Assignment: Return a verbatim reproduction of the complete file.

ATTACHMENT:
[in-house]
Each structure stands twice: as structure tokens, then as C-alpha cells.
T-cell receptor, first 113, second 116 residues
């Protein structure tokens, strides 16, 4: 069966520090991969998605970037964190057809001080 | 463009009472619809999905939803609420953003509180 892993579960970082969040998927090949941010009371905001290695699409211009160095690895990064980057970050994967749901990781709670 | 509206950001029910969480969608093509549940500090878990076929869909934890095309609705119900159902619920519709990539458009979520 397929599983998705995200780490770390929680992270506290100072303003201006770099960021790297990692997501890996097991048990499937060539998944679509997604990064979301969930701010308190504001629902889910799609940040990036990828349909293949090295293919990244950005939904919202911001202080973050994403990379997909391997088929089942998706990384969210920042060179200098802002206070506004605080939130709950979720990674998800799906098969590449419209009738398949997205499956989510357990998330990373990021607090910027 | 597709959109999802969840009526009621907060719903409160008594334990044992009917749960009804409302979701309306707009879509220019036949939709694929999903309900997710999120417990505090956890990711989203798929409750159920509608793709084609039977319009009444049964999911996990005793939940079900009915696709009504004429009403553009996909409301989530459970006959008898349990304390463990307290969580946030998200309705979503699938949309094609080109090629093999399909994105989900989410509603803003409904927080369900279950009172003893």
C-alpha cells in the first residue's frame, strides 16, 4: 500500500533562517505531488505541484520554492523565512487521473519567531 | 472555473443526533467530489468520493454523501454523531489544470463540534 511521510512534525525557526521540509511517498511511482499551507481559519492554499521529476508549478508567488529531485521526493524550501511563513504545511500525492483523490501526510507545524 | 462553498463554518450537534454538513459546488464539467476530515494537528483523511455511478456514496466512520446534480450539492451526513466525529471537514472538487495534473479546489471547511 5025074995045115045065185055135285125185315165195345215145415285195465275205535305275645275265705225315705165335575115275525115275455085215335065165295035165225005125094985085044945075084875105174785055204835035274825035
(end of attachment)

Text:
[in-house]
Each structure stands twice: as structure tokens, then as C-alpha cells.
T-cell receptor, first 113, second 116 residues
């Protein structure tokens, strides 16, 4: 069966520090991969998605970037964190057809001080 | 463009009472619809999905939803609420953003509180 892993579960970082969040998927090949941010009371905001290695699409211009160095690895990064980057970050994967749901990781709670 | 509206950001029910969480969608093509549940500090878990076929869909934890095309609705119900159902619920519709990539458009979520 397929599983998705995200780490770390929680992270506290100072303003201006770099960021790297990692997501890996097991048990499937060539998944679509997604990064979301969930701010308190504001629902889910799609940040990036990828349909293949090295293919990244950005939904919202911001202080973050994403990379997909391997088929089942998706990384969210920042060179200098802002206070506004605080939130709950979720990674998800799906098969590449419209009738398949997205499956989510357990998330990373990021607090910027 | 597709959109999802969840009526009621907060719903409160008594334990044992009917749960009804409302979701309306707009879509220019036949939709694929999903309900997710999120417990505090956890990711989203798929409750159920509608793709084609039977319009009444049964999911996990005793939940079900009915696709009504004429009403553009996909409301989530459970006959008898349990304390463990307290969580946030998200309705979503699938949309094609080109090629093999399909994105989900989410509603803003409904927080369900279950009172003893």
C-alpha cells in the first residue's frame, strides 16, 4: 500500500533562517505531488505541484520554492523565512487521473519567531 | 472555473443526533467530489468520493454523501454523531489544470463540534 511521510512534525525557526521540509511517498511511482499551507481559519492554499521529476508549478508567488529531485521526493524550501511563513504545511500525492483523490501526510507545524 | 462553498463554518450537534454538513459546488464539467476530515494537528483523511455511478456514496466512520446534480450539492451526513466525529471537514472538487495534473479546489471547511 5025074995045115045065185055135285125185315165195345215145415285195465275205535305275645275265705225315705165335575115275525115275455085215335065165295035165225005125094985085044945075084875105174785055204835035274825035